I would like to ‘brainstorm’ a little bit… Or hear some suggestions how to tackle this problem.
I have a very large script to print PDFs of all sizes and rename them accordingly.
Unfortunately i am running into some issues.
Normally, an A2 sheet would be 420mm high, but now i have a revit file from a client that uses 421 mm. Therefore the script doesnt work.
It filters the sheets on height and width. So a mm difference will cause the sheet to not be printed…
My best bet is to round the height and width… But i am not sure how to round to a specific number.
For example, I have 2 A4 heights, 297 and 294. I would want to round 294 to 297 so the correct size (297) is used. I dont think clients will notice their A4 titleblock became 3mm taller…
Adding every single paper size to my PDF Printer will be a pain… This would mean the script could become defective every single time we start a new project.
I have to filter on height and width since titleblocks from different clients can both be called A0, but have 30cm size difference…
I would like to know what some of you would do to solve this issue, maybe some of you ran into a similar problem.
Tldr; Different clients use different paper sizes( A2=421mm high or 420mm high). This causes the script to not print this specific size. I HAVE to filter on sheet height and width and cant filter by titleblock name.
To clarify a part of my script that filters all sheets:
I have two thoughts. The first is to use a dictionary and pull the get via nested if statement. The second is to use a geometry test to pull the first TB which completely encompasses the max point of the TB.
Set up a series of rounding limits for the various values and use a dictionary to pull the right paper size. Since you’ll always ‘round up’ (drawing won’t fit on the paper otherwise) you will be asking if the page is less than the ‘max’ your page will allow. An example using numbers which aren’t paper based:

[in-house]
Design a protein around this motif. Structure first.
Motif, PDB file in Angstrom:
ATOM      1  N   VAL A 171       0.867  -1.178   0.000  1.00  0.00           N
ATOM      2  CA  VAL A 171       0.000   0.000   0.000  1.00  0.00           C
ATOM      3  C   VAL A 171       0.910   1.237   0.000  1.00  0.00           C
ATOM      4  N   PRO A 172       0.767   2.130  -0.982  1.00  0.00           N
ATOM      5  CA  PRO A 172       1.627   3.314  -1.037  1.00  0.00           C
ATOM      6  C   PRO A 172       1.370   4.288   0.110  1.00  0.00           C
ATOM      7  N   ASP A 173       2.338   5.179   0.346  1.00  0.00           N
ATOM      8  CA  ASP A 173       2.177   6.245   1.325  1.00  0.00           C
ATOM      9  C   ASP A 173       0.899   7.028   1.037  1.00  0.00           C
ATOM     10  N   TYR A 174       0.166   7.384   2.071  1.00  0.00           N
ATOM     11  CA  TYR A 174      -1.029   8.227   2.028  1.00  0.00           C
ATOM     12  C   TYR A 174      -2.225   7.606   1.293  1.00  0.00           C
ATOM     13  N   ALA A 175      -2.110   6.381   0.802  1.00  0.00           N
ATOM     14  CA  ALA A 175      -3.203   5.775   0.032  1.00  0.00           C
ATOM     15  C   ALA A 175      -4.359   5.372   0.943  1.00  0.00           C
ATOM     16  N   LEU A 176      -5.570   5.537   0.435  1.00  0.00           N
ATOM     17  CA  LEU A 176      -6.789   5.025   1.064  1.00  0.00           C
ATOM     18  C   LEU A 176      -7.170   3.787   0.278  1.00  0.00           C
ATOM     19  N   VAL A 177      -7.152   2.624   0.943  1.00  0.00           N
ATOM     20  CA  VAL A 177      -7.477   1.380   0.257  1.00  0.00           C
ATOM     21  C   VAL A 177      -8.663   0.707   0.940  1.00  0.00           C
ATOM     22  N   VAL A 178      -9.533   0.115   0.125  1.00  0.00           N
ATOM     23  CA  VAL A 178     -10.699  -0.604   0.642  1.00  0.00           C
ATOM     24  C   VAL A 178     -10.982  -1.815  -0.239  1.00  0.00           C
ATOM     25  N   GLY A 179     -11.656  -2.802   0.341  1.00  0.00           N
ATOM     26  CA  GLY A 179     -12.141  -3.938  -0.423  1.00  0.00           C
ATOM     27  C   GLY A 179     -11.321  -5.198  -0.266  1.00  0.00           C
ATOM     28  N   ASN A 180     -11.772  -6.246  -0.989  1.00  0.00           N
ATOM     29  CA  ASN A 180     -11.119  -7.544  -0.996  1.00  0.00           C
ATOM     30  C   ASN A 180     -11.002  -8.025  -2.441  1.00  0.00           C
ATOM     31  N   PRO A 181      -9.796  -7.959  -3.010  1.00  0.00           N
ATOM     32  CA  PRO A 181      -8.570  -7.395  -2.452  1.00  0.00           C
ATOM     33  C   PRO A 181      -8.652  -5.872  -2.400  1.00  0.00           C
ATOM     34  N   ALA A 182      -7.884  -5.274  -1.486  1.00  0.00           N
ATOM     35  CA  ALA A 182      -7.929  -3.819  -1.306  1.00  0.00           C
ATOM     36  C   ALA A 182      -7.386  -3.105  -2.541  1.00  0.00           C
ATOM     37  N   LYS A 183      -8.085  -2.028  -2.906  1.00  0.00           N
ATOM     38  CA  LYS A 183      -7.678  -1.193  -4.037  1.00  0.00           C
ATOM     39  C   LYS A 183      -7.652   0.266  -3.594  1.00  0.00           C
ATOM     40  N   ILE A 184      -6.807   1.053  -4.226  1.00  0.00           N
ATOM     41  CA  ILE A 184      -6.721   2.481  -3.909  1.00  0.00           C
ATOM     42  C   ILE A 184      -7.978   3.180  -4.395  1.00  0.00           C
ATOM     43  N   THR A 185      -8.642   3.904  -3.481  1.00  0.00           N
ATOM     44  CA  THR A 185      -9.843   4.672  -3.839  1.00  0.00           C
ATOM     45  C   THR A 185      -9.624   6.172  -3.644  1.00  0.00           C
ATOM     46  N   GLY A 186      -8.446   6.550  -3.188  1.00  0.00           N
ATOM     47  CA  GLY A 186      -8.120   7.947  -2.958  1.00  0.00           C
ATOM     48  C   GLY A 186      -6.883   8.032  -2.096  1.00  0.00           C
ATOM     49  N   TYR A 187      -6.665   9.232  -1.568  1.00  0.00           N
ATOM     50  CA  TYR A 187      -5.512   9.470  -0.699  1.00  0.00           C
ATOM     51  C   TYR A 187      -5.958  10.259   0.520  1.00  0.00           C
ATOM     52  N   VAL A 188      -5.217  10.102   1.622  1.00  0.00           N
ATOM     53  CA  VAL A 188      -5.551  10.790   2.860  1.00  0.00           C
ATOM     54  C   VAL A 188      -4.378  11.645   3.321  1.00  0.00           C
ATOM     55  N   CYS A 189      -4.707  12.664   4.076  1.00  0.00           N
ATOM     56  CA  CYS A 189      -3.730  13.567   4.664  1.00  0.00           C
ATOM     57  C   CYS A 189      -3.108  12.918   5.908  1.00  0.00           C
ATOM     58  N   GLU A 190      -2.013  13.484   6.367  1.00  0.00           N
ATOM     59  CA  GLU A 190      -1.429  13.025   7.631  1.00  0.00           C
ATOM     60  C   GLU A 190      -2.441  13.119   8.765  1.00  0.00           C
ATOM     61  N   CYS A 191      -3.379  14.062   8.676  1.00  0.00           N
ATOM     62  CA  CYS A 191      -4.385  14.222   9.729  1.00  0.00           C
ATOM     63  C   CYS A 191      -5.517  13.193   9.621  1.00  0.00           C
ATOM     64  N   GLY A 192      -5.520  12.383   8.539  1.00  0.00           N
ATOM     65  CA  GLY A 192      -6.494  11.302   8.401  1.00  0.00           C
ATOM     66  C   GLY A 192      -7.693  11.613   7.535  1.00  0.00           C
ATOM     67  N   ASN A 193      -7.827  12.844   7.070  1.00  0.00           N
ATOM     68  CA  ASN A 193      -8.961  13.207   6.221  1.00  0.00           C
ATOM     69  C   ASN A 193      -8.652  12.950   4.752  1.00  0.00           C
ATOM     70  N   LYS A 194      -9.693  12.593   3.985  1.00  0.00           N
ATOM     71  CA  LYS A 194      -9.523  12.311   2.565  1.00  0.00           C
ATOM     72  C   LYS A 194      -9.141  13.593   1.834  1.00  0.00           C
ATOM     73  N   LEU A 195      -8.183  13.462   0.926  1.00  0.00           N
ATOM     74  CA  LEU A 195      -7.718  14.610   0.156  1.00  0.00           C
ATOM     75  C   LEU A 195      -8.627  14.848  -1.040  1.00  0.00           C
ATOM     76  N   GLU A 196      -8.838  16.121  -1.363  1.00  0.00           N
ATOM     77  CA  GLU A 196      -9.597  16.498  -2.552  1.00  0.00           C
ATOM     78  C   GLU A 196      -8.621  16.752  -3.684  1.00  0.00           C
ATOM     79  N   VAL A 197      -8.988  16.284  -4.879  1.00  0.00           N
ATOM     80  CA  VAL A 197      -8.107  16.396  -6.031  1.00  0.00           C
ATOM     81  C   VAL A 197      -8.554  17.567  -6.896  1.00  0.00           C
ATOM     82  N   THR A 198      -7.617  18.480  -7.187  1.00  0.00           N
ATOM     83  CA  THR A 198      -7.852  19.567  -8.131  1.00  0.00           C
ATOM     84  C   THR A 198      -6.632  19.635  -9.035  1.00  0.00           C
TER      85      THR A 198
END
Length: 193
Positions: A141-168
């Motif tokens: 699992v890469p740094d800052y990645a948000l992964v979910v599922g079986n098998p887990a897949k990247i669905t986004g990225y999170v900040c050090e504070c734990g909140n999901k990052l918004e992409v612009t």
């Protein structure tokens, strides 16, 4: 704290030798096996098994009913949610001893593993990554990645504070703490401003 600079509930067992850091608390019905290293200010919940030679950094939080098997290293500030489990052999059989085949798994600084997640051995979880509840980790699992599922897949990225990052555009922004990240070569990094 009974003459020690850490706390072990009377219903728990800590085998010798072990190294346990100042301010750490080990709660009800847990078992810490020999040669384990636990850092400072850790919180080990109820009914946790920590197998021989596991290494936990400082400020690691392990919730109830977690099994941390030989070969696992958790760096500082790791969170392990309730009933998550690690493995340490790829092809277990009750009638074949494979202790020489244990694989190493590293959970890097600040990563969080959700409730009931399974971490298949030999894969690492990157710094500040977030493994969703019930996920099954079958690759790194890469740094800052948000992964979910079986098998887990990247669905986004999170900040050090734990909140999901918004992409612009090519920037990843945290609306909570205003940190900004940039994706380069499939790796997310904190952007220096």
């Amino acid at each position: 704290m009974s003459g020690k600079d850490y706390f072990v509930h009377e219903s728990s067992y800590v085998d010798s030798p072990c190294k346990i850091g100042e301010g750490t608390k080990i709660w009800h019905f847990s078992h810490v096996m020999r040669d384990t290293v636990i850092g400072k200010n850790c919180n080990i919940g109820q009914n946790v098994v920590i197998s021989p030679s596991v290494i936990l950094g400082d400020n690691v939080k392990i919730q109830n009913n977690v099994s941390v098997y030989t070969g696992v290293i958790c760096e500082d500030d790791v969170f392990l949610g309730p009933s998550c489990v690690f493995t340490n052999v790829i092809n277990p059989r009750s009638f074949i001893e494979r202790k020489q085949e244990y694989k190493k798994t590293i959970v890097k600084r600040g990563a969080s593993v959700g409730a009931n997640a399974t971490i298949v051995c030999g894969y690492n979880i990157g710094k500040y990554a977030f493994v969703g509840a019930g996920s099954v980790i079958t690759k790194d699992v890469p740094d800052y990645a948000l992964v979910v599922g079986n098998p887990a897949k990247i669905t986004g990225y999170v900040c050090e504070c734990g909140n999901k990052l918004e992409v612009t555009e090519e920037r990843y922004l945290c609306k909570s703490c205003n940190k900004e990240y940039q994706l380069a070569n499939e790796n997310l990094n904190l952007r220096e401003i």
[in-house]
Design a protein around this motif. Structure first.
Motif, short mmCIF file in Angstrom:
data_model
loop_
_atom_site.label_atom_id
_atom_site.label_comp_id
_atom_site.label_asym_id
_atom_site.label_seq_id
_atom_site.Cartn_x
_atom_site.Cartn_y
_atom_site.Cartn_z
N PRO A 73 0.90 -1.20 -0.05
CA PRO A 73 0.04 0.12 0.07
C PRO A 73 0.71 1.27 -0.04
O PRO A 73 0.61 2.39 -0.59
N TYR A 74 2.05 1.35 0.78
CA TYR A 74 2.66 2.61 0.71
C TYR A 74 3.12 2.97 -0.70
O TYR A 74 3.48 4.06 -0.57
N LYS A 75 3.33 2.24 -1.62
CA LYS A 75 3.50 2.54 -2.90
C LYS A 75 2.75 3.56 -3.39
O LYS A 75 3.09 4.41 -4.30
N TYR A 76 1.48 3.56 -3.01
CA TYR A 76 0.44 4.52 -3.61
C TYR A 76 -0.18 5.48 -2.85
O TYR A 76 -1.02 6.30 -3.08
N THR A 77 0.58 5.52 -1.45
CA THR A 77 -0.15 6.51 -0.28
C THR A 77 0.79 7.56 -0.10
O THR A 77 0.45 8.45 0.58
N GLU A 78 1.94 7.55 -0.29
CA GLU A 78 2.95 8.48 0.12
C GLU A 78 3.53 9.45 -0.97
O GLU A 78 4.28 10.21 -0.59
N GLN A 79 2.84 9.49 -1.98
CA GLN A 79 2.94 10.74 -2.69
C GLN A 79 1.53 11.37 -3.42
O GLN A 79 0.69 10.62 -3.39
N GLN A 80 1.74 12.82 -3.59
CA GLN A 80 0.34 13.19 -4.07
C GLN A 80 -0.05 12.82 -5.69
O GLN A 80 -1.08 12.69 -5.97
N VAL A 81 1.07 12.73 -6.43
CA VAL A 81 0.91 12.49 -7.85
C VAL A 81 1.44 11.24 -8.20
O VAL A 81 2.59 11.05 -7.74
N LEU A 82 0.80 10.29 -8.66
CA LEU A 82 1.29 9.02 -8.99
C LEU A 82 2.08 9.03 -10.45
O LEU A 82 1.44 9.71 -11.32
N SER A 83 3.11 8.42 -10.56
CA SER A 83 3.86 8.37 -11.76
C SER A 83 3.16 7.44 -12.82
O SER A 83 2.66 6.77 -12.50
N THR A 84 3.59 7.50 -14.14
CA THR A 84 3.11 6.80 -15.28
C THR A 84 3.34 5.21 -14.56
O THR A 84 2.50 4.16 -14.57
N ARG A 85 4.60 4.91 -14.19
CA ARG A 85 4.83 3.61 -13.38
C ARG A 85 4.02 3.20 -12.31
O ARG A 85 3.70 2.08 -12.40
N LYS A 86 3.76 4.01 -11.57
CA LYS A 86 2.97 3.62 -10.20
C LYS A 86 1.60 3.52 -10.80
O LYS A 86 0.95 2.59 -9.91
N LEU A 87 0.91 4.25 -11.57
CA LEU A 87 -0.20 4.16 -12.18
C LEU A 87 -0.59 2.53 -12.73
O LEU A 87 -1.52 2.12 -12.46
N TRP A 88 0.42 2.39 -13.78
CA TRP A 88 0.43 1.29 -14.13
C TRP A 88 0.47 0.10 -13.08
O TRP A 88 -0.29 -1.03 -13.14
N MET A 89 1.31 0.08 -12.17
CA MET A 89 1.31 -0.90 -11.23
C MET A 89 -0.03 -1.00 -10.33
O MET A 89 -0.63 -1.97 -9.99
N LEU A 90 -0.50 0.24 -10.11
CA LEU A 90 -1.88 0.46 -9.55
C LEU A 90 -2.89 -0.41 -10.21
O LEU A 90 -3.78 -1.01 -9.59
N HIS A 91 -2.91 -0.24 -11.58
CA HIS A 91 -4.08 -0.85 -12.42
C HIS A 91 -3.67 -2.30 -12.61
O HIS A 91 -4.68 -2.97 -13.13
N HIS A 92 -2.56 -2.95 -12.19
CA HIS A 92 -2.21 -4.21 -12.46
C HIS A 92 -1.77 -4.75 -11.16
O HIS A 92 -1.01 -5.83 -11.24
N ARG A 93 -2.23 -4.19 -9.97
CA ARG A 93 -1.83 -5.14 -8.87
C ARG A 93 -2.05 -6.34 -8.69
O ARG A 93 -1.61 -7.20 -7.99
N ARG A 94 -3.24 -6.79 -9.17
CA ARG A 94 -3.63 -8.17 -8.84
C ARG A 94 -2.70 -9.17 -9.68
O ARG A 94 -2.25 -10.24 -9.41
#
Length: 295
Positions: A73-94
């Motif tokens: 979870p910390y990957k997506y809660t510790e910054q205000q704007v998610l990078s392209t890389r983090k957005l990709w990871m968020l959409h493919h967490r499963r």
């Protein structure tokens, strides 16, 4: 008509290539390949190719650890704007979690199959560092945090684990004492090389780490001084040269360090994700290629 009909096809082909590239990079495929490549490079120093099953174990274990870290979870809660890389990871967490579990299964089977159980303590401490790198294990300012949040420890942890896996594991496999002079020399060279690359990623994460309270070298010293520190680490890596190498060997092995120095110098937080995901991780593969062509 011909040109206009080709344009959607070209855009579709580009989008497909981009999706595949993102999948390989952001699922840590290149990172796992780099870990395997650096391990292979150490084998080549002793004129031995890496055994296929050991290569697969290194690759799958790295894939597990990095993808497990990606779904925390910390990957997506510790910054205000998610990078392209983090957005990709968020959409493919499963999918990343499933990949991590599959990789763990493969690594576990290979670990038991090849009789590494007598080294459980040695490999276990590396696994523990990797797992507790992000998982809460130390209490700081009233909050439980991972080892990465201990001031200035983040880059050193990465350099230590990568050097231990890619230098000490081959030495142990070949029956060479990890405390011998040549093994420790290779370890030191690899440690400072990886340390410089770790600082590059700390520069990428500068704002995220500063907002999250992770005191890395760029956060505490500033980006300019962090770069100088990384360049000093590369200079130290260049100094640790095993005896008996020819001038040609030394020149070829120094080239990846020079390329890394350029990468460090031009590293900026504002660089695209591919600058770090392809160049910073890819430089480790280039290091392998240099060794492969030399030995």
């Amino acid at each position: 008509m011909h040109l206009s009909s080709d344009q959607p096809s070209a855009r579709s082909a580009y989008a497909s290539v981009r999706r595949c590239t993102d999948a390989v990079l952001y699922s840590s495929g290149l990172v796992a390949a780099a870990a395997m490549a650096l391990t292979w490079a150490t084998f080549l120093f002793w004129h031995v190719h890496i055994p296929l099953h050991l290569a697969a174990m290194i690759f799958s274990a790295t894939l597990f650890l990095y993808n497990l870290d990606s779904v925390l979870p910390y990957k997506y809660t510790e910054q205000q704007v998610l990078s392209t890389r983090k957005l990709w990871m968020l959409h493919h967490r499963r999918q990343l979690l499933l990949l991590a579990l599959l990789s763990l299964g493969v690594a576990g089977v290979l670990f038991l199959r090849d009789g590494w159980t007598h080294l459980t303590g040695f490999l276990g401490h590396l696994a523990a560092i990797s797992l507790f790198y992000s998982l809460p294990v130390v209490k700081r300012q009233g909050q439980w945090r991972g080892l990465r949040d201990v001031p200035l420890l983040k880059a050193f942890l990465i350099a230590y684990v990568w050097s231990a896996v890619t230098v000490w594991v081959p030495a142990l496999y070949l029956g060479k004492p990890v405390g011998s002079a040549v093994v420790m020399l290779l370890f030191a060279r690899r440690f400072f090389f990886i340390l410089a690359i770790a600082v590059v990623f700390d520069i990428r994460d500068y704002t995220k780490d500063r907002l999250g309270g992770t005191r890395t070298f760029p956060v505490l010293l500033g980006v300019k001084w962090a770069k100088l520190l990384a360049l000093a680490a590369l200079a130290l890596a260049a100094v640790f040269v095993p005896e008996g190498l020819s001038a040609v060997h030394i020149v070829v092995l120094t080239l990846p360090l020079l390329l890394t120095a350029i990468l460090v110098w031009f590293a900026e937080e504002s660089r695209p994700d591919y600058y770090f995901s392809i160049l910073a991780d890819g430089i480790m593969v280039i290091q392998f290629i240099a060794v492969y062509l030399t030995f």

W < 5 ? “A” : W < 10 ? “B” : W < 15 ? “C” : “Too big to fit”; In English instead of design script:
If the width is less than 5 return “A”, otherwise if the length is less than 10 return “B”, otherwise if the length is less than 15 return “C”, otherwise return “Too big to fit”. Assuming you have standard sizes, I would recommend only testing the width, or the height, and see how that works in a variety of projects.
For the geometry test build a list of rectangles which represents all of your page sizes in landscape orientation, in increasing size. Then rotate them all by [0,90] on the Z axis with cross product lacing, and flatten the list - the sizes should still be increasing when done. Next pull the titleblock’s width and height, divide by two, and make a point at that location (so page size was 8.5x11, the point would be 4.25, 5.5). Then use a polygon containment test to see if the point is inside each rectangle. Now use a List.IndexOf node to pull the first ‘true’ value, and get the page size from your list of page sizes.
I would recommend using the first method, but if you have a really large number of page sizes the if statement can get overwhelming, and with inconsistent ratios the need to test the height can complicate things further.
You could have the filter check for either of the two values, or search for a range of values 410…430
Hello Jacob and Hamish,
My apoligies for my late reply… Unfortunately i ran into some other, more pressing issues with my script…
After reading your proposal to solve this i came up with another way to solve this issue that i would like to share here. I can imagine someone else will run into this while recreating a PDF print script from examples on this forum.
The 1mm difference was a user error, so that solves it. But the main problem with the way i was filtering sheets was that the script got painfully slow.
As you can see in the picture below, this script got enormous for determining print settings (64 print settings in total…)
I replaced that entire monstrocity with a simple dictionairy.
This made the script so much faster i couldnt even believe it.
So for anyone trying to filter titleblock sizes against print settings, this is the way you could do it with a dictionairy.
Again, thanks for your suggestions:)